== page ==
Dr. Uri Nevo, TAU
The brain is a complex and dynamic network of inter-connected cells. The function or dis-function of the brain is defined by electrical and chemical events. In the last two decades it was discovered that damage to the brain, as in the case of stroke, is followed by an immediate reduction in the displacement of water in brain cells. Oddly, the same phenomenon of reduced water displacement is indicative of enhanced brain function. Most biophysical models of this phenomenon link it to cellular swelling, but fail to predict or contradict many related observations.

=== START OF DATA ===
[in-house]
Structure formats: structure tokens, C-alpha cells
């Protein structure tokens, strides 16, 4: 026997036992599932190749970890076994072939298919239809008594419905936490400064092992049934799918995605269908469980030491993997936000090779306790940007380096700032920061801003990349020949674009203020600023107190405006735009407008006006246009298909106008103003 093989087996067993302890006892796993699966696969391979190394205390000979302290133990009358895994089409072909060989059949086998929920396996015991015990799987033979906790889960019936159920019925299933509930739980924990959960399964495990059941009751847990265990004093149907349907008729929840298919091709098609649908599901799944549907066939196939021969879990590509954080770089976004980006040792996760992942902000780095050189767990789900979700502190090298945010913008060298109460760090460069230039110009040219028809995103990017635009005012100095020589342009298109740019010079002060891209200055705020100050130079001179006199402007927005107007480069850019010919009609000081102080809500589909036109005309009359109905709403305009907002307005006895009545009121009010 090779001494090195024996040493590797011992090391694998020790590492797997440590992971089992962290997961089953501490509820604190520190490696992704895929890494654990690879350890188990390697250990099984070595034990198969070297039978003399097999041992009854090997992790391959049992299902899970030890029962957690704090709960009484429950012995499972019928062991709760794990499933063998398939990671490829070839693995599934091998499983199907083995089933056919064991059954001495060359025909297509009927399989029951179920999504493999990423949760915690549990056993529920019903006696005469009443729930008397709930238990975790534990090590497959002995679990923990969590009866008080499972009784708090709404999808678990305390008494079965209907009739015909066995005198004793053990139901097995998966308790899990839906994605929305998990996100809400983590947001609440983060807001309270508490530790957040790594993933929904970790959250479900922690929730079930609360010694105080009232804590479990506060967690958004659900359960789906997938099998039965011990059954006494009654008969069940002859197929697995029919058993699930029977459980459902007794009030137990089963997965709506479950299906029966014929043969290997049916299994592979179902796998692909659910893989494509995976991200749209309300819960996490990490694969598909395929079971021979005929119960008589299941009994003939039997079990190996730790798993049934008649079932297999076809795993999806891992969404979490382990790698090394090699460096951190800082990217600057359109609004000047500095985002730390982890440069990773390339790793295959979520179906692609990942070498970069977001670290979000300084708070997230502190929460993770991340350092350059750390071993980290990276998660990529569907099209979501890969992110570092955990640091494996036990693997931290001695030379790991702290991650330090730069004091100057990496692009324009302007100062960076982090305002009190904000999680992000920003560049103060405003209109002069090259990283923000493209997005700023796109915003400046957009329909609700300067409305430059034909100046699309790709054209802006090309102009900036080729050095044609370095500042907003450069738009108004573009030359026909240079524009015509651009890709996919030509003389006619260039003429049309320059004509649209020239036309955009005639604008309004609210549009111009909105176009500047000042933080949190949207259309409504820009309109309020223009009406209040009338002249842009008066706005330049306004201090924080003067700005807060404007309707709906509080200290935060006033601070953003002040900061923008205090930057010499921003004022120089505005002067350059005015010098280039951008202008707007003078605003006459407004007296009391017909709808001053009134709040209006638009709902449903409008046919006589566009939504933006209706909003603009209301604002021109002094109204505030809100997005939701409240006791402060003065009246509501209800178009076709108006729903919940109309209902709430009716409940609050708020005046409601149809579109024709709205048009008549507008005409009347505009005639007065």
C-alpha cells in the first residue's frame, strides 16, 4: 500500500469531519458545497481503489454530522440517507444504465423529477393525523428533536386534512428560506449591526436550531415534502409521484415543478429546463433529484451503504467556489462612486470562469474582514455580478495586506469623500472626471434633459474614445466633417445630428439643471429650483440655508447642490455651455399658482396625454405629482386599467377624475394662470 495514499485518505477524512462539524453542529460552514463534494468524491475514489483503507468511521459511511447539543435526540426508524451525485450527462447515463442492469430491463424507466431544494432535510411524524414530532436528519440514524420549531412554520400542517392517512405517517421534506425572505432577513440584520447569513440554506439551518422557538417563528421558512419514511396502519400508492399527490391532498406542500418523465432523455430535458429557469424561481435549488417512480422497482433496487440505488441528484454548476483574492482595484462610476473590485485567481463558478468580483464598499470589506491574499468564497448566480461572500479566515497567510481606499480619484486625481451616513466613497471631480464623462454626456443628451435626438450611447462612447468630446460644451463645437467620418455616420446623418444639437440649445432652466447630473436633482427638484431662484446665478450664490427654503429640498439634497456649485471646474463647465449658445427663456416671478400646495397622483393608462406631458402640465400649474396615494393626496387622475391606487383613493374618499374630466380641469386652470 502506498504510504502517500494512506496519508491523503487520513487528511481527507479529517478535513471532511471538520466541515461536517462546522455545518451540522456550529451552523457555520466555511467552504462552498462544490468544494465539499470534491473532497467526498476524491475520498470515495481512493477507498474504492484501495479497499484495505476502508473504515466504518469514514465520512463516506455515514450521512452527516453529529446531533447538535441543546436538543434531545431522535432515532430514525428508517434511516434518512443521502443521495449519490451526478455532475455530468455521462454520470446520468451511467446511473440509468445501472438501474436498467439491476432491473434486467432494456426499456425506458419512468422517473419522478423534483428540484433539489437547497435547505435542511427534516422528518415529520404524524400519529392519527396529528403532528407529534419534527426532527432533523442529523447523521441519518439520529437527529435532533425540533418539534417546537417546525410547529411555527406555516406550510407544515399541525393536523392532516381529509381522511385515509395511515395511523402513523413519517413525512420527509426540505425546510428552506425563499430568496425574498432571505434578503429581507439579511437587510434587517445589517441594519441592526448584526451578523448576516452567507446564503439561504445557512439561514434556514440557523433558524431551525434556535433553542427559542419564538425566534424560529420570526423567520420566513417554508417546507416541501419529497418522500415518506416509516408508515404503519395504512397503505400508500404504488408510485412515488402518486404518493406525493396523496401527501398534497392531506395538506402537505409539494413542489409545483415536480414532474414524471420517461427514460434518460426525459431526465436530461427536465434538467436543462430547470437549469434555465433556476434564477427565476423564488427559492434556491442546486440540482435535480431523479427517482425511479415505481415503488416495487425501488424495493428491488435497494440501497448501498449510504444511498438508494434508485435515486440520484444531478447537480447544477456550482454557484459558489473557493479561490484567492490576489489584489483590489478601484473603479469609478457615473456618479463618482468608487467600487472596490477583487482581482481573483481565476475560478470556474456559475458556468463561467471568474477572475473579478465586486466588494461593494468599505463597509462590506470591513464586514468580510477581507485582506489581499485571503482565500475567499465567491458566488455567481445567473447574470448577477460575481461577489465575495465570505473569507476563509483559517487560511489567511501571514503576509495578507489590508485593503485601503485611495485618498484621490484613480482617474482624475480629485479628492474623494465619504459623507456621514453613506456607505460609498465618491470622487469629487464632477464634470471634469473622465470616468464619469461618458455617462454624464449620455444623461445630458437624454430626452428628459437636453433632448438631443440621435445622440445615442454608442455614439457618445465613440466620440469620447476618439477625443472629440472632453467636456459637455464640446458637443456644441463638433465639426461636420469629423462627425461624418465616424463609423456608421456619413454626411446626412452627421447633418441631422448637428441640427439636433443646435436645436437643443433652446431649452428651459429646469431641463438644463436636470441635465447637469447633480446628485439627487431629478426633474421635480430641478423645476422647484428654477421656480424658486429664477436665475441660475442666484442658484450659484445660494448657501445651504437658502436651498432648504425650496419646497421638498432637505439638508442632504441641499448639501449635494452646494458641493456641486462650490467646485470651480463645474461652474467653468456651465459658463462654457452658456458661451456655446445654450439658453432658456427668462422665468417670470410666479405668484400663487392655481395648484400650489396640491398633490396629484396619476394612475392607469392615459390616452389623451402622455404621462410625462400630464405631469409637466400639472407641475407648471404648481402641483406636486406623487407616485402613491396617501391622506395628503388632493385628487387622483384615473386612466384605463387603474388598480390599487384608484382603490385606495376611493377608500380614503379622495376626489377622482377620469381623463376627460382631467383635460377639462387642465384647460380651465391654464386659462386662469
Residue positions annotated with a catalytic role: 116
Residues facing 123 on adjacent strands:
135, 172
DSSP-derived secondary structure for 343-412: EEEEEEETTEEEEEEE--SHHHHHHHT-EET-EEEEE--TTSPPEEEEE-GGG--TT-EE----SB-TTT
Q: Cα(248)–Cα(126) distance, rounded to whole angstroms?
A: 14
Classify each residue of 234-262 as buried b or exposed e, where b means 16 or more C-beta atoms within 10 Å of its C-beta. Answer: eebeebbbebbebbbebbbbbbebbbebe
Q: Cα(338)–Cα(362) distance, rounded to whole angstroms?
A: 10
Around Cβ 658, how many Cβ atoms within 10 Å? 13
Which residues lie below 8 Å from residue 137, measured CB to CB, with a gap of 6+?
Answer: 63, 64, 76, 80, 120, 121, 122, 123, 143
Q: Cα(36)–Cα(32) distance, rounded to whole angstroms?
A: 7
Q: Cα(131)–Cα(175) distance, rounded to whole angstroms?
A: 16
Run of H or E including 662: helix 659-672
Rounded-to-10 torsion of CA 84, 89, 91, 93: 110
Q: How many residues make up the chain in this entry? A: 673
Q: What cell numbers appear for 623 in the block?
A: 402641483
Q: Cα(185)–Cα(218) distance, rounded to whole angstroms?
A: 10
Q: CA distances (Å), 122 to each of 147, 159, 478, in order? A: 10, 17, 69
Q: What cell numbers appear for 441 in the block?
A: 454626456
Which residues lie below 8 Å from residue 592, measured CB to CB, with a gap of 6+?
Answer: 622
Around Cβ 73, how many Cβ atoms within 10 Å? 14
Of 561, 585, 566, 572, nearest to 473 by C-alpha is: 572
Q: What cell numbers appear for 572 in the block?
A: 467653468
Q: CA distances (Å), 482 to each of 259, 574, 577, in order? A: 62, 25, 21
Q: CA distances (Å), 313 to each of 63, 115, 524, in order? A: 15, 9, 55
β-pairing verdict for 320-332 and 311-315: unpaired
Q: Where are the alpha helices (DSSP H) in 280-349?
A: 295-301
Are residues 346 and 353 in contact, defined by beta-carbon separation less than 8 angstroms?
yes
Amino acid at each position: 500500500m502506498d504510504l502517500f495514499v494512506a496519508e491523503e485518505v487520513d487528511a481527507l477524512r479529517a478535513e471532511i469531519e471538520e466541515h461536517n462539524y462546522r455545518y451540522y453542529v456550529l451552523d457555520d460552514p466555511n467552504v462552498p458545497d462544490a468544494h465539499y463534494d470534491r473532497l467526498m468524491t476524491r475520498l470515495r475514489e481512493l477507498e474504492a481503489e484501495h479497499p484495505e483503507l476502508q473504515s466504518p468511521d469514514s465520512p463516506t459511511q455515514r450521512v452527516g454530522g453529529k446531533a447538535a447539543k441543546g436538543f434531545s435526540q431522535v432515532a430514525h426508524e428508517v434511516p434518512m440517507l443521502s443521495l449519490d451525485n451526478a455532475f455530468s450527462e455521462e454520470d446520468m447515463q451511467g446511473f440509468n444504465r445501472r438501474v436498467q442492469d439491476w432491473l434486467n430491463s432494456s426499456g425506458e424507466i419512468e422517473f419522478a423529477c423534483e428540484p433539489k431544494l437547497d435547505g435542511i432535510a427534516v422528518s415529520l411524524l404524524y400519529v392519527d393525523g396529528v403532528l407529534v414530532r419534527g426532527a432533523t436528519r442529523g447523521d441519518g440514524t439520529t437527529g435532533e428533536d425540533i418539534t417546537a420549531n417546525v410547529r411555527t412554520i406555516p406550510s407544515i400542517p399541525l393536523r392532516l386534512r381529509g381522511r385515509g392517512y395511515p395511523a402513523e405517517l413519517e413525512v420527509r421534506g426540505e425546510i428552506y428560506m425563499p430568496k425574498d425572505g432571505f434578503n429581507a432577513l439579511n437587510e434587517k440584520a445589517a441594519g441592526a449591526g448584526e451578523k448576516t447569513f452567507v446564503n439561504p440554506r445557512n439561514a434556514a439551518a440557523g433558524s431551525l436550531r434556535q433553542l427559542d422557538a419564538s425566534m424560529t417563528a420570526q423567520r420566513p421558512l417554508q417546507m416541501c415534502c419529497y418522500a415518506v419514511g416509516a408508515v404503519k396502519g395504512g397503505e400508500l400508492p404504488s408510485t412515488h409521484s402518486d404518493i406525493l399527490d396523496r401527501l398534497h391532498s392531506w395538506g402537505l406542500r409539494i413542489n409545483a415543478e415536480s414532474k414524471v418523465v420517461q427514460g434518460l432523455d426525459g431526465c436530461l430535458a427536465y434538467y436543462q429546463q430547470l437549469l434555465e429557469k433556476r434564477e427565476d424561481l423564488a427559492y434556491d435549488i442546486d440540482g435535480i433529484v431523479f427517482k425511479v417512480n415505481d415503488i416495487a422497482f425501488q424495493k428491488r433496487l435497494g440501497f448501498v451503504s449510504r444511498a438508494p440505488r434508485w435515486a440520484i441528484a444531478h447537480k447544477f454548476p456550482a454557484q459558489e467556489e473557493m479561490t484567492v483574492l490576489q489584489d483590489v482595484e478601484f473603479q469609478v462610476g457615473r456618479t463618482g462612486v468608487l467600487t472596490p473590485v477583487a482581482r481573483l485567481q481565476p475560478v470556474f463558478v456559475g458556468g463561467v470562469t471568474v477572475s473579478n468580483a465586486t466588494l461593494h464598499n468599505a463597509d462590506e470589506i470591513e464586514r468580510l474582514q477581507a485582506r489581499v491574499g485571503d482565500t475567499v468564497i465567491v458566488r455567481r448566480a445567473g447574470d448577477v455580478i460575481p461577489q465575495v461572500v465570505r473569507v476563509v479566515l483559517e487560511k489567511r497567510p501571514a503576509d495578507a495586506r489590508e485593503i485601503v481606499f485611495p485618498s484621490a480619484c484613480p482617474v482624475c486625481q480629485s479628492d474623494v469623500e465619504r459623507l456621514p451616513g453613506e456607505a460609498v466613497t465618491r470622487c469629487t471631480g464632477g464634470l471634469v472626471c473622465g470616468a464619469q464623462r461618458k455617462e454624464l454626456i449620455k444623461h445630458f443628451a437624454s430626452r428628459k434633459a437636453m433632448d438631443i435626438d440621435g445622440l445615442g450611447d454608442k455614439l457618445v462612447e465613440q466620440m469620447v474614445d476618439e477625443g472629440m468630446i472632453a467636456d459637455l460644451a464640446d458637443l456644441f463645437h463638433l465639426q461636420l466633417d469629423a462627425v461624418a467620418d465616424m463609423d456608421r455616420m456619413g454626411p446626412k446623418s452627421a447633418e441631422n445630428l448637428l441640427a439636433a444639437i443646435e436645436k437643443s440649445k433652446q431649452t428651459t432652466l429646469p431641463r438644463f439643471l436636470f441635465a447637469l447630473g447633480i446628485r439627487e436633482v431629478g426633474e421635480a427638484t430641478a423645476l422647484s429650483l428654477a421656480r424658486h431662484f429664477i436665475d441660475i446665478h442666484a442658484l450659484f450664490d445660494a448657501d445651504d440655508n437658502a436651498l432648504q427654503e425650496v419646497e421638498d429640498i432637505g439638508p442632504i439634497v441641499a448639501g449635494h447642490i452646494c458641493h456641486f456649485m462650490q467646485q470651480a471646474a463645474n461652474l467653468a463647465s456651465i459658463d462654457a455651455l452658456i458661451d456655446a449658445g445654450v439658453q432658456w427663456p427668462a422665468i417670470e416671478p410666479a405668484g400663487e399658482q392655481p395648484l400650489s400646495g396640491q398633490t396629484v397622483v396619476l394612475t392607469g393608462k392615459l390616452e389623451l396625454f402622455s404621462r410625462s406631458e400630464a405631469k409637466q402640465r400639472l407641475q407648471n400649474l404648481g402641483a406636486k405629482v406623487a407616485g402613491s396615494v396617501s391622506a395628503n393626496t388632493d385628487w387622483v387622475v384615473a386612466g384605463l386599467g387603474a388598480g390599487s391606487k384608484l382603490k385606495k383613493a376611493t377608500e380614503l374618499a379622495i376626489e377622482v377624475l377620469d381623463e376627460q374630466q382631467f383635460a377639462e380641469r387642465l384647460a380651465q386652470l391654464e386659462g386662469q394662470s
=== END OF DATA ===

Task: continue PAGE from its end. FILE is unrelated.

My research aims to find the biophysical basis of these changes in water displacement. My research hypothesis is that neuronal function has a significant, yet unknown, mechanical dimension. Specifically we study how brain function, or damage to the brain, affect the intra-cellular gel (thereby affecting diffusion). We also try to quantify the significance of active mechanisms of water displacement inside neurons. In the coming lecture I will review the field and will present our theoretical biophysical works and our experiments in which we probe to the chemical and mechanical sides of the brain using NMR, MRI and microscopy.
Organizer: Alexander Gerber